The functionality of the Crown is a pretty nifty idea. When I updated the software, it was fascinating to see how the contextual options fit into my workflow. I can't say I cared for the functionality in Premiere Pro while editing video. My mouse and keyboard shortcuts worked best for me. I did like the use within Photoshop and Lightroom. . .to a certain extent.
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When I previously wrote about the user interface of Lightroom, I said that the Develop panel was designed in a top-down manner. This allows you to process your photos without having to hunt and peck for editing options such as Saturation and Exposure. The Craft integrates with the interface, allowing you to tap on the Crown to access your editing options and then turn the Crown to change the level of intensity of the selected option.
When using the Craft in Photoshop, the functionality is slightly different. As mentioned previously, if you were using the Brush tool, the Craft allows you to manipulate the brush properties with a tap and turn of the Crown. Same goes for adjustment layers. This is fine and well, but Photoshop has a lot more options embedded within its tools. The Brush menu alone has four types of brushes. You have to use your mouse or Wacom stylus to click and hold on the Brush menu to see the other brush types. It might be better if I could hover my cursor over the menu, then press and turn the Crown to select an option.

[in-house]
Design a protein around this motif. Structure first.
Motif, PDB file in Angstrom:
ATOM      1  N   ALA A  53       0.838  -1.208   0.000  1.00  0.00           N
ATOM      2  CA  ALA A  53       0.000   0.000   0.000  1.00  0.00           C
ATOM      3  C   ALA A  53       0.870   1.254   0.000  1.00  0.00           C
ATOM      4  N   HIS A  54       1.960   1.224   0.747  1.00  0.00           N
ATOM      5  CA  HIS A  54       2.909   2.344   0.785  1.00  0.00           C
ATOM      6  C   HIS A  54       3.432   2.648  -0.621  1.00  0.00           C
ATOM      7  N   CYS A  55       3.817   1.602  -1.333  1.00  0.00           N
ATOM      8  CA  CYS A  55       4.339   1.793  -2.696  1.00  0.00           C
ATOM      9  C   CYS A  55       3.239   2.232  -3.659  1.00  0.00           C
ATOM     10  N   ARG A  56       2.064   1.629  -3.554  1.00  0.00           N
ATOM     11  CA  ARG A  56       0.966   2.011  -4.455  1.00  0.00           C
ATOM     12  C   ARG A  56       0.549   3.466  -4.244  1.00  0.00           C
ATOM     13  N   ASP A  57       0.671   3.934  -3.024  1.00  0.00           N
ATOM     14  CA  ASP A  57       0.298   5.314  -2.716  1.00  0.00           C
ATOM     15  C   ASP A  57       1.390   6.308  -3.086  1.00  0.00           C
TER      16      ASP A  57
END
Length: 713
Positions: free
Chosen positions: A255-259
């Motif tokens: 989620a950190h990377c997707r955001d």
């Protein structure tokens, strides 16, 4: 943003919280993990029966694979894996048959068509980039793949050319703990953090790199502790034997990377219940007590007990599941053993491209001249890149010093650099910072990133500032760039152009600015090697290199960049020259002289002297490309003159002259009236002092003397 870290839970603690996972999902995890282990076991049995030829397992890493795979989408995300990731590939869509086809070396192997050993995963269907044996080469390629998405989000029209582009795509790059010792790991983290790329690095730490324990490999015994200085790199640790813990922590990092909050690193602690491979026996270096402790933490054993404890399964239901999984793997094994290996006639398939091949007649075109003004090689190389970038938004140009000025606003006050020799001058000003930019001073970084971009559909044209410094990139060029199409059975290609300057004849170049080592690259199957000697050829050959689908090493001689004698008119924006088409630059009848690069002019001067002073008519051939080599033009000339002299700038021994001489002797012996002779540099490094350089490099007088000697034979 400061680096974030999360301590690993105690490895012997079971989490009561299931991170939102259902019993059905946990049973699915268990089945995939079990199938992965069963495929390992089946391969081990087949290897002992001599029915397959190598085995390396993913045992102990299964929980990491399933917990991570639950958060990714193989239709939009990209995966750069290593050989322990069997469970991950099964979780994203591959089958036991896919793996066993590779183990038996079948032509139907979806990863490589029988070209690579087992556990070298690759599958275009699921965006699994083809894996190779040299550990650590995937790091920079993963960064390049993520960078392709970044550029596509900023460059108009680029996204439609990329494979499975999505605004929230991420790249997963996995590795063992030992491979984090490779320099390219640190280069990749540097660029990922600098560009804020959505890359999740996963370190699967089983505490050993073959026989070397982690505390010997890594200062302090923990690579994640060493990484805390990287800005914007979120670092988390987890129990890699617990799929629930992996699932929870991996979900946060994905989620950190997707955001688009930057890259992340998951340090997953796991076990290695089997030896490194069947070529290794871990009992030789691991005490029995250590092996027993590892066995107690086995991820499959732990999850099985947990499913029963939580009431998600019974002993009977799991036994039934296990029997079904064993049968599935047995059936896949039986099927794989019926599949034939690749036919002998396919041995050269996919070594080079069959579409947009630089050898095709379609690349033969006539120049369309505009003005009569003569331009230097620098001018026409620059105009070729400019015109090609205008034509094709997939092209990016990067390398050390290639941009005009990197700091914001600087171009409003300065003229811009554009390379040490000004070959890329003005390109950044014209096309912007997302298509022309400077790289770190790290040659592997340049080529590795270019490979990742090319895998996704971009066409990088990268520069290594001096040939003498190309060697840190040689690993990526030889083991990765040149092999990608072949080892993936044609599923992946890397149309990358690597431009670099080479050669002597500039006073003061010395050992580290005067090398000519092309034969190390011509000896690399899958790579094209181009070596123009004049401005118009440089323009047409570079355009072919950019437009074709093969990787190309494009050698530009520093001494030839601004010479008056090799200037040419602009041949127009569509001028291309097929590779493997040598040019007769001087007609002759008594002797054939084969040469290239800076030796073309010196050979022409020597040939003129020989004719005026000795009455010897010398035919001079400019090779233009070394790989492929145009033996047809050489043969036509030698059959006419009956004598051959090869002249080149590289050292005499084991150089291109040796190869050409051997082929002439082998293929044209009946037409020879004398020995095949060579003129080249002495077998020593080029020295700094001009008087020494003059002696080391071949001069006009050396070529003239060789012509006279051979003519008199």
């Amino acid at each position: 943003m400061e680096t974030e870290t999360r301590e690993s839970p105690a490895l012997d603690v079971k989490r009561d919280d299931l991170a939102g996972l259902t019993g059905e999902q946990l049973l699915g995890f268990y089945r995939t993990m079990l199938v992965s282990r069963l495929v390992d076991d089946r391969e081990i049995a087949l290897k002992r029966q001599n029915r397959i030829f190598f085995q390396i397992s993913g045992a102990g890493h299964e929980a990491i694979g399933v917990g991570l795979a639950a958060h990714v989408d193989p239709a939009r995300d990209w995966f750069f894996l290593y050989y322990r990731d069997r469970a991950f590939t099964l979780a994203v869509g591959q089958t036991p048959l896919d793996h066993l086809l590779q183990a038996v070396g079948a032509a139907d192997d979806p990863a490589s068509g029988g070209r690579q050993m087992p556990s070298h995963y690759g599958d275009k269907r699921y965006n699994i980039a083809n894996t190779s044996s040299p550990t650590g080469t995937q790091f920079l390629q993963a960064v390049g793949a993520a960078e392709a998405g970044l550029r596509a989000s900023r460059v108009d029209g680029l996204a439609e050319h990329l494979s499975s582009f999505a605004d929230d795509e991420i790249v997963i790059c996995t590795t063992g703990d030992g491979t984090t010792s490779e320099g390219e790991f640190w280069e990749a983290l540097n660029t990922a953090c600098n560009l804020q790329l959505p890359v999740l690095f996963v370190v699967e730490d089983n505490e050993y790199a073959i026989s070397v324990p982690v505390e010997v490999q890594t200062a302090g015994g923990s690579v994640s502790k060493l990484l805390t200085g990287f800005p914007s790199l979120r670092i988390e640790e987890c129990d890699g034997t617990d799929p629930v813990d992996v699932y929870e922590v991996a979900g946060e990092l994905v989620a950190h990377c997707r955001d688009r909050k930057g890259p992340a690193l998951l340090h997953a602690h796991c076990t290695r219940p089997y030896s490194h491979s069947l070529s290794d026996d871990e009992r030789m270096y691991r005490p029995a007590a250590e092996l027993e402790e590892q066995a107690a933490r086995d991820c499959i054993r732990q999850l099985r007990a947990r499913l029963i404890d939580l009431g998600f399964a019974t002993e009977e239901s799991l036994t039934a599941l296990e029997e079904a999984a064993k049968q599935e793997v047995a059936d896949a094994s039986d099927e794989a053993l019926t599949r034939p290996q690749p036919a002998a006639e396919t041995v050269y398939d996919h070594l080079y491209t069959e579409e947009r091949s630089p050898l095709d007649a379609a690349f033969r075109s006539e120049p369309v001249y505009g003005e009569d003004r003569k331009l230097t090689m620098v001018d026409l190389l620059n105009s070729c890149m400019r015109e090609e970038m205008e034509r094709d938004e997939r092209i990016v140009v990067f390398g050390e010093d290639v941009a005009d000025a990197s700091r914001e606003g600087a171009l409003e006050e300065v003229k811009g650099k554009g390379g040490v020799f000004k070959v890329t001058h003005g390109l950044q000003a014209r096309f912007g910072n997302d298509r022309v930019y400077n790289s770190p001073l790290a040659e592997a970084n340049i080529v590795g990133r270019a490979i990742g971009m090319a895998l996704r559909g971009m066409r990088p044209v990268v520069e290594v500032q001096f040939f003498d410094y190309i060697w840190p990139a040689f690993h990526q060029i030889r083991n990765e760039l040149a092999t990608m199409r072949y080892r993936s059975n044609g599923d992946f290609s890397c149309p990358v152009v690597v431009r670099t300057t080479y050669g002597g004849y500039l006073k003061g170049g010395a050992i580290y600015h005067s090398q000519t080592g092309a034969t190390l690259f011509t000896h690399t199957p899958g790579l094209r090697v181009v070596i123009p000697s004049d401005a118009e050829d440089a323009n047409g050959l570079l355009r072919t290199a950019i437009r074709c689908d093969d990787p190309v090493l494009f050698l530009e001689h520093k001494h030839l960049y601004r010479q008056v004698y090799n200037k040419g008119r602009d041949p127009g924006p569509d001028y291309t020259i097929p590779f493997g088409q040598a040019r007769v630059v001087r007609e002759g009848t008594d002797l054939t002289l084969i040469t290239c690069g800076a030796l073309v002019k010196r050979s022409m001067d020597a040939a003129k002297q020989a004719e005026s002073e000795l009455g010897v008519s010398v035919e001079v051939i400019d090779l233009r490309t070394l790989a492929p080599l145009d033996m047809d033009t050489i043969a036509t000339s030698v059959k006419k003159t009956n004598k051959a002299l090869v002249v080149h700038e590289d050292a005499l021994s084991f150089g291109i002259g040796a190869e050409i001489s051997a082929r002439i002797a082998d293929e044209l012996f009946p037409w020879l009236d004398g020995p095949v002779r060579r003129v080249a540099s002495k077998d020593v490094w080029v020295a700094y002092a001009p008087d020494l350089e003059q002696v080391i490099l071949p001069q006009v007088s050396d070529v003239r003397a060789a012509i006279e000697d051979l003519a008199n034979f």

I use a Wacom Intuos 98% of the time when I'm processing my photography. And using the Craft with my Wacom tablet felt cumbersome. It's because the functionality the Craft offered me was already accessible via shortcuts and gestures using my Wacom. If I didn't use a Wacom as often as I do, maybe the Craft would fit better for me. Your mileage may vary.
I think the Crown and the Logitech Craft keyboard is a nice idea and could be quite useful for some creative artists. At this time, I'm not sure it's the best fit for my workflow. When I'm not creating photos or videos, I'm writing. This means I'll need comfortable keys to slap while I compose an article. When I'm in Photoshop or Lightroom, a Wacom stylus in in my right hand and my left hand is resting on hot keys for functionality. No need for me to turn a dial or knob. I just use gestures or tap the applicable keys when needed.
You can get the Craft for $200 online. It's a solid device that just may work well for your workflow.
Have you been thinking about trying out the Craft? Share your opinions and experiences with fellow TechRepublic members.
Ant Pruitt is an IT Support Professional with a passion for showing the non-geek how great technology can be. He writes for a variety of tech publications and hosts his own podcast. Ant is also an avid photographer and weight lifter.